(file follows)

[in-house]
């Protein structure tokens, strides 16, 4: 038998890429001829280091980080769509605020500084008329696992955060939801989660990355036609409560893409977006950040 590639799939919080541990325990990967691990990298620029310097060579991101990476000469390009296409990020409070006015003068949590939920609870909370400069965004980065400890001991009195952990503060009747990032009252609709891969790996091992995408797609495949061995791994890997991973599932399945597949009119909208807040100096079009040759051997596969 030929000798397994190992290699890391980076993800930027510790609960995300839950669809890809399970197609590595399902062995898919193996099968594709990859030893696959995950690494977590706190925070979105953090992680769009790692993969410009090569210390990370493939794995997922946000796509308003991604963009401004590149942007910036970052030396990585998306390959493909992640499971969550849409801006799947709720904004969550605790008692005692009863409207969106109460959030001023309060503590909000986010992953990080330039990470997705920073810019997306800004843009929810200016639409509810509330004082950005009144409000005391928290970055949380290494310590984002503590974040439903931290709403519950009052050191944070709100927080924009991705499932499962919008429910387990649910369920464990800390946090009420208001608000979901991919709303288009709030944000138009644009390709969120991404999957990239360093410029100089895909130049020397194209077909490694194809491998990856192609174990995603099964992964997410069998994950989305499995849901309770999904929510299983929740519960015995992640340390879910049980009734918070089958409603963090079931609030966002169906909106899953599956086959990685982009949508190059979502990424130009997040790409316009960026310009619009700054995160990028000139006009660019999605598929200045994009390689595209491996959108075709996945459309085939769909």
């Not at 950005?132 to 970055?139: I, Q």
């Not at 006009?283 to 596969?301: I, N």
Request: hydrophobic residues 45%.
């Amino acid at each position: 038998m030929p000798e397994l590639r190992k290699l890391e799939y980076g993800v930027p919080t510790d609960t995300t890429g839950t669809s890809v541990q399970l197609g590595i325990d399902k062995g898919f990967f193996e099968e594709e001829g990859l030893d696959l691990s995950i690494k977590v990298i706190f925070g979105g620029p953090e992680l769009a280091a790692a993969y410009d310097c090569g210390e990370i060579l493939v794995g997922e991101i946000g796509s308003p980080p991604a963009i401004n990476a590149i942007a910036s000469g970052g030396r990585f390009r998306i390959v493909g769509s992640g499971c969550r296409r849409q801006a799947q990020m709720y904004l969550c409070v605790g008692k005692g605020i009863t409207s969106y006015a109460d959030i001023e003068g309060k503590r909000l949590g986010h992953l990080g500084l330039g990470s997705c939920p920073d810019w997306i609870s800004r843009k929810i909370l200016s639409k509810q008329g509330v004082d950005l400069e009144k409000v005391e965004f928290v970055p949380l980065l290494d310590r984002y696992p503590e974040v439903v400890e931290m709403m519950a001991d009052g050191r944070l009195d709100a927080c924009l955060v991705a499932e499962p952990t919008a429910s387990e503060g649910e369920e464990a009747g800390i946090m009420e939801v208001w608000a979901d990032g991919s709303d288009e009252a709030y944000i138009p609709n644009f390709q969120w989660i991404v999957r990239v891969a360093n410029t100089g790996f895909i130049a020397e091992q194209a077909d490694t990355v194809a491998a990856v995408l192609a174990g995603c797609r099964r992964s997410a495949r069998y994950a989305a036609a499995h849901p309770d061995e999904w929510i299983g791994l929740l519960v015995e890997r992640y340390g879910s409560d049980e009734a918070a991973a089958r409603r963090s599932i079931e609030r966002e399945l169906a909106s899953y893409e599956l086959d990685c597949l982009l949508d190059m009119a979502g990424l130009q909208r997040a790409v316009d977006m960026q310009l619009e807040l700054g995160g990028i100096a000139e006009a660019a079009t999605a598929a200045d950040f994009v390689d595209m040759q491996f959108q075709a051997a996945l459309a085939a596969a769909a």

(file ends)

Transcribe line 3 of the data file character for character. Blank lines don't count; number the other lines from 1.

């Not at 950005?132 to 970055?139: I, Q």